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Outback Camel Festival Trail

Birdsville to Winton

Duration: 5 days / 553km

The camel racing season kicks off in Outback Queensland on the second weekend in July. Camels are brought in to compete from all over Australia beginning with a two-day Bedourie event (second weekend in July), followed by a three-day festival in Boulia (third weekend in July) and ending with a one-day event in Winton (last weekend in July).

Camel racing is a serious international sport in some countries and its origins can be traced back to the early Islamic period in the seventh century. In Australia, camel races have had quite a rich history since the late nineteenth century however it wasn’t until 1990 that the sport gained real exposure in Australia. The Boulia Camel Races is home to the longest camel race in Australia at 1500 metres.

Outback Camel Festival Trail




Travel Distance:


Travel Time:

192 Hours

Your trail begins at the frontier town of Birdsville - located at the end of the famous Birdsville Track. Deep in the heart of wild and isolated country, Birdsville is situated between the eastern edge of the Simpson Desert, the vast gibber plains of Sturt's Stony Desert to the south and rich Cha el Country to the north. Call in to the Wirrarri Visitor Information Centre for information on local road conditions, weather and travelling tips. You can also view local artists' work in their extensive gallery. Local attractions include Big Red on the edge of the Simpson Desert, the Birdsville Billabong, Birdsville Racetrack and the famous Birdsville Hotel.

Birdsville to Bedourie

Take the Bilby Way drive between Birdsville and Bedourie for an unforgettable experience. See the rare and endangered Waddi Trees, considered to be 500 to 1000 years old. View the unusual 'Shoe Tree', a true testament to the Australian humour! Further on is Mooney's Grave - a strange and sad story of a local ringer's early demise. See the Carcoory Ruins, remnants of an early 1900s homestead, then view the amazing birdlife at the Cuttaburra Crossing wetlands. Pass historic Glengyle Station and Cookawinchika Waterhole. In Bedourie, see The Dust Storm Sculpture representing the Spinifex in a dust storm and visit the 1880s Mud Hut. Ease your tired muscles in Bedourie's Artesian Spa and Aquatic Centre's 22-person therapeutic spa, or cool off in the 25-metre swimming pool. Begin your Outback Camel Festival experience with the Bedourie Camel Races on the second weekend of July, featuring camel events and a range of family-friendly activities including a camp oven cook-off to see who makes the best Outback damper. Join in the excitement of both the professional races and novelty races.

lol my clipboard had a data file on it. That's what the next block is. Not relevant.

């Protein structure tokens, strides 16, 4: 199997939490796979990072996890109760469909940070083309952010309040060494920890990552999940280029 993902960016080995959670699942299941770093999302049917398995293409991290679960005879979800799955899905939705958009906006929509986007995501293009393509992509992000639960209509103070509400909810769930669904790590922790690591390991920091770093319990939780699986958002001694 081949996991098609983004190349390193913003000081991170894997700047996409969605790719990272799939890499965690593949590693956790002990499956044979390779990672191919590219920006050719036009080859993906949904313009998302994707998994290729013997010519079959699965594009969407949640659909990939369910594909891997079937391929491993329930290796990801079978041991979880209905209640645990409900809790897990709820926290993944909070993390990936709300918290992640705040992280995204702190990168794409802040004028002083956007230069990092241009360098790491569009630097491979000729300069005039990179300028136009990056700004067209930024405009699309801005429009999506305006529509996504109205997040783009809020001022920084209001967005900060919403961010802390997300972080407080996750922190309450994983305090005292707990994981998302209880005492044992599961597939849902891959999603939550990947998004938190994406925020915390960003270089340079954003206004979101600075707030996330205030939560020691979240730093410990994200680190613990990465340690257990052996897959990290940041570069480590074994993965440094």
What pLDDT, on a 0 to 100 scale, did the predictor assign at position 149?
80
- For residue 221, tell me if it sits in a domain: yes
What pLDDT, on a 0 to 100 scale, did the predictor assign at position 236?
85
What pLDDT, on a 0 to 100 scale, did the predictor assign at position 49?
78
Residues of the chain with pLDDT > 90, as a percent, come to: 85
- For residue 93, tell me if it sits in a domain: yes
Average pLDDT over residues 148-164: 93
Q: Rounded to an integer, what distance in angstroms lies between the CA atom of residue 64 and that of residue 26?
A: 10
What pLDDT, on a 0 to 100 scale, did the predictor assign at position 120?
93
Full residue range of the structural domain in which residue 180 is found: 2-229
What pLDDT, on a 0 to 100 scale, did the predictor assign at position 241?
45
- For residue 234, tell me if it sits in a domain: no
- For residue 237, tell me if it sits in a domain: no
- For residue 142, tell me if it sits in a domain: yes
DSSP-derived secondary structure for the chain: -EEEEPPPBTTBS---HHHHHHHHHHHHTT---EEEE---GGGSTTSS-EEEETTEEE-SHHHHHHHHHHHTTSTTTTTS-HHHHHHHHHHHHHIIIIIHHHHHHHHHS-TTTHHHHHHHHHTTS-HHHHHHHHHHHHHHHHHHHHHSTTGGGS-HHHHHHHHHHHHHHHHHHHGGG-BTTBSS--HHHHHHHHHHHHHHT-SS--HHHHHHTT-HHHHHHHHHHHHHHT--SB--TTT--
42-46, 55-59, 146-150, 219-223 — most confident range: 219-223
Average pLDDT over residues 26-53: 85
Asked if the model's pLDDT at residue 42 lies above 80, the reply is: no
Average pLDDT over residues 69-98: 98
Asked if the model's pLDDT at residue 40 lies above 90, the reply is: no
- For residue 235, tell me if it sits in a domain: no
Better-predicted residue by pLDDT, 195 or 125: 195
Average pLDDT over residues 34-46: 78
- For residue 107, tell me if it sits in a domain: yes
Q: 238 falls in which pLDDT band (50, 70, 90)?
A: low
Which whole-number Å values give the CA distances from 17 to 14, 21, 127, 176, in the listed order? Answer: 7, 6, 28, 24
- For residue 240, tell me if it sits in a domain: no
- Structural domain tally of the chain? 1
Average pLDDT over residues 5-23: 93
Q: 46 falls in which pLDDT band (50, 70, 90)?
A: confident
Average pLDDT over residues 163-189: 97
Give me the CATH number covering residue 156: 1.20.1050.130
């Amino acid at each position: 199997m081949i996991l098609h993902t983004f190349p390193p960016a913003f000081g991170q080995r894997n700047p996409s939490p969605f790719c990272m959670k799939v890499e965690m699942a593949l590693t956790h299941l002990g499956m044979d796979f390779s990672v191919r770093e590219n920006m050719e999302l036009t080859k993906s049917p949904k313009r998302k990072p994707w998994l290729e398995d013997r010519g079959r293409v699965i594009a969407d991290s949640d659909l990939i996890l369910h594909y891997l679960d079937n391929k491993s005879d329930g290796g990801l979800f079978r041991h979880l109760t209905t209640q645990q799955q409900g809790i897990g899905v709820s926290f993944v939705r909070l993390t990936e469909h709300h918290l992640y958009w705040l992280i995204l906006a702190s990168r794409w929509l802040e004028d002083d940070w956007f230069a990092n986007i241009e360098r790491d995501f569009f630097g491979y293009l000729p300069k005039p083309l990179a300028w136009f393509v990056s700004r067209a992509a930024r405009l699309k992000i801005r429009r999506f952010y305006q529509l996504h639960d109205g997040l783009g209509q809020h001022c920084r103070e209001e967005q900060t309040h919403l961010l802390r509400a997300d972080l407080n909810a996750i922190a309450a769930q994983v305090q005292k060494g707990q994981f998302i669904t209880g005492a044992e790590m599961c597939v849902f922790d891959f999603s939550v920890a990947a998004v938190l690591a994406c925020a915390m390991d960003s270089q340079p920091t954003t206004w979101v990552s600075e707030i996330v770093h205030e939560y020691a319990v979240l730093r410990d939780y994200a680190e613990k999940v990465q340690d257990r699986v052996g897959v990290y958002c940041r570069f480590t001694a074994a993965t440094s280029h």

Bedourie to Boulia

Travel Distance:


Stop for spectacular views and a picnic lunch at Vaughan Johnson Lookout before arriving into Boulia. Visit the Min Min Encounter to watch the 45 minute animatronics show about the intriguing legend of the Min Min Lights and call into the well-preserved Stonehouse Museum, one of the first homes built in Western Queensland. In the grounds of the Stonehouse Museum is the Marine Reptile Fossil Display, which contains some of the best fossils in Western Queensland. Boulia's population swells from 300 to thousands in the third weekend of July for the Boulia Camel Races, known as the 'Melbourne Cup of the Outback'. The three-day event starts on the Friday evening with live entertainment til late. The racing action starts on Saturday morning with plenty of trackside entertainment and by night there's great entertainment and a fireworks show. The race to the finish line for the prestigious Boulia Camel Cup is held Sunday morning; the longest camel race in Australia. Festival-goer's can camp free at the event.

Boulia to Winton

Drive approximately four hours east on the Ke edy Developmental Road to Winton. Along the way visit the original Min Min Hotel site where one of the first recorded sightings of the Min Min Light was said to have taken place. Drive another 33 kilometres east to Cawnpore Lookout offering spectacular panoramic views of the Lillyvale Hills. Travel a further 51 kilometres along the road to the Middleton Hotel, built during the Cobb and Co. era and one of the most isolated pubs in Queensland before arriving in Winton.


Winton has a rich history as the birthplace of Waltzing Matilda and QANTAS and is known as the dinosaur capital of Australia. Visit the new Waltzing Matilda Centre, the first museum in the world dedicated to a song. Discover the world's largest collection of Dinosaur attractions at the Australian Age of Dinosaurs and explore the fossilised dinosaur footprints at Lark Quarry Conservation Park. Experience some of Winton's free attractions - play a tune on the Musical Fence, take a self-guided walk through a Chinese market garden and marvel at Arno's Wall where everything can be found - including the kitchen sink. A seven kilometre drive from Winton is the spectacular Bladensburg National Park where you can spot endangered wildlife including the Julia Creek Du art and discover pastoralist history. Roads within the park are formed dirt roads are most suited to Four Wheel Drives. The Winton Camel Races in last weekend of July offer an exciting packed program. The Outback Camel Festival Trail concludes in Winton after a three-week adventure taking in the best of the Far West Outback region and some of the Central West Outback region, otherwise continue on to other central west towns including Longreach and Barcaldine.